POTENTIAL LIMITATIONS OF ANTIANGIOGENIC THERAPY IN GLIOMA

Much of what we have learned regarding the biological basis for glioma angiogenesis is based on the standard animal model of human xenografts grown orthotopically in immunodeficient mice. These generally develop as encapsulated balls of tumor that because of their encapsulated nature require de novo vascular supply to grow.24By contrast, human gliomas grow in situ as highly infiltrative individual tumor cells that may or may not have a central area of tumor bulk with associated vascular proliferation and high angiogenic activity. For many gliomas, particularly anaplastic gliomas, there is often little evidence for vascular proliferation, as the individual infiltrative tumors cells tend to grow along preestablished normal cerebral vasculature, and thus there is no need for tumor-associated angiogenesis. Indeed, there is at least a theoretical concern that inhibiting malignant glioma angiogenesis may prevent the establishment of tumor bulk but has little effect on the infiltrative component of the disease and therefore has little impact on the overall survival of the patient. Early clinical and radiographic observations of patients treated with bevacizumab suggest that this may be the case.25,26Possibly more concerning is recent laboratory evidence that suggests that inhibition of VEGF may actually increase the invasive nature of tumor cells.27These data are very disturbing, for it is the infiltrative tumor cells that are most often responsible for clinical relapse and ultimately the death of patients with gliomas. Clinical studies will need to be devised to either corroborate or negate these experimental observations. If true, the use of antiangiogenic agents may have to be restricted to patients with tumors that are clearly highly vascular rather than those that are mostly infiltrative.

FUTURE DIRECTIONS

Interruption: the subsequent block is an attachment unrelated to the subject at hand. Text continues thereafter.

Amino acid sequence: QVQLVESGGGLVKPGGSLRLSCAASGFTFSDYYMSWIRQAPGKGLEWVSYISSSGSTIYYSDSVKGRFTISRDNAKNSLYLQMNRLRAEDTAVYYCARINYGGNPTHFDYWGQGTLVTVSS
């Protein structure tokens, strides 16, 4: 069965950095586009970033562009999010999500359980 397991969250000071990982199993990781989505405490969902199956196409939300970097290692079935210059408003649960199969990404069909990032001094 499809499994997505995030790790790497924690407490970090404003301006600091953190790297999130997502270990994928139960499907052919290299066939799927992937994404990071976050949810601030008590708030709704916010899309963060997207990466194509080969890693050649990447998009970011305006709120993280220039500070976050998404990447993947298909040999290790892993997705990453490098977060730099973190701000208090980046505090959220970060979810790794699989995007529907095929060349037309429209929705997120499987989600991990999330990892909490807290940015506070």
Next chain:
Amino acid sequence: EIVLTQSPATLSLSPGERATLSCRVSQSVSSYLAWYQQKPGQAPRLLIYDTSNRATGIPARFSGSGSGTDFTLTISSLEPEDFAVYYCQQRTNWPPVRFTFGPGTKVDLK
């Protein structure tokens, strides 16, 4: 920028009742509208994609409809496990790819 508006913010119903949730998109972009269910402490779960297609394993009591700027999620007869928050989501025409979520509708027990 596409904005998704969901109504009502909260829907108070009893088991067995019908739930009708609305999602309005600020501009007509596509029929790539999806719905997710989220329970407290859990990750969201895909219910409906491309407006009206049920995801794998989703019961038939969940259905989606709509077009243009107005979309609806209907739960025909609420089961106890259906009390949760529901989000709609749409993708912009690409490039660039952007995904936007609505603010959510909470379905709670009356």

The recent Food and Drug Administration approval of single-agent bevacizumab for recurrent GBM represents a significant therapeutic advance, considering the few therapeutic options available for this aggressive tumor. Two ongoing phase 3 clinical trials will provide essential data on the value of adding bevacizumab to standard treatment for newly diagnosed GBM. Because anti-angiogenic agents can rapidly normalize leaky abnormal tumor vessels and decrease enhancement on scans after treatment initiation, additional studies are needed on how to best evaluate radiographic response in patients treated with anti-angiogenic drugs.28Furthermore, mechanisms of resistance to antiangiogenic therapies should be investigated.25,29Clinical,30molecular,31and/or radiographic markers32to identify patients more likely to respond to antiangiogenic therapies need to be validated. Finally, because patients with malignant glioma continue to have a poor prognosis despite optimal treatment, enrollment in clinical trials involving rational drug combinations with newer drugs that are directed against validated molecular targets should be encouraged.

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Article Information

Correspondence:Howard A. Fine, MD, Neuro-Oncology Branch, National Cancer Institute, National Institute for Neurological Disorders and Stroke, National Institutes of Health, 9030 Old Georgetown Rd, Bloch Bldg 82, Room 225, Bethesda, MD 20892 (hfine@mail.nih.gov).

Accepted for Publication:January 5, 2010.

Author Contributions:Both authors had full access to all of the data in the study and take responsibility for the integrity of the data and the accuracy of the data analysis. Study concept and design: Fine. Acquisition of data: Iwamoto. Analysis and interpretation of data: Iwamoto and Fine. Drafting of the manuscript: Iwamoto and Fine. Critical revision of the manuscript for important intellectual content: Fine. Administrative, technical, and material support: Fine. Study supervision: Fine.

Financial Disclosure:None reported.

Funding/Support:This research was supported by the Intramural Research Program of the National Institutes of Health (Center for Cancer Research of the National Cancer Institute and National Institute of Neurological Disorders and Stroke).

References
1.
Wen  PYKesari  S Malignant gliomas in adults. N Engl J Med 2008;359 (5) 492- 507
PubMedArticle
2.
Stupp  RMason  WPvan den Bent  MJ  et al. European Organisation for Research and Treatment of Cancer Brain Tumor and Radiotherapy Groups; National Cancer Institute of Canada Clinical Trials Group, Radiotherapy plus concomitant and adjuvant temozolomide for glioblastoma. N Engl J Med 2005;352 (10) 987- 996
PubMedArticle
3.
Folkman  JKlagsbrun  M Angiogenic factors. Science 1987;235 (4787) 442- 447
PubMedArticle
4.
Brem  S The role of vascular proliferation in the growth of brain tumors. Clin Neurosurg 1976;23440- 453
PubMed
5.
Lamszus  KUlbricht  UMatschke  JBrockmann  MAFillbrandt  RWestphal  M Levels of soluble vascular endothelial growth factor (VEGF) receptor 1 in astrocytic tumors and its relation to malignancy, vascularity, and VEGF-A. Clin Cancer Res 2003;9 (4) 1399- 1405
PubMed
6.
Plate  KHBreier  GWeich  HARisau  W Vascular endothelial growth-factor is a potential tumor angiogenesis factor in human gliomas in vivo. Nature 1992;359 (6398) 845- 848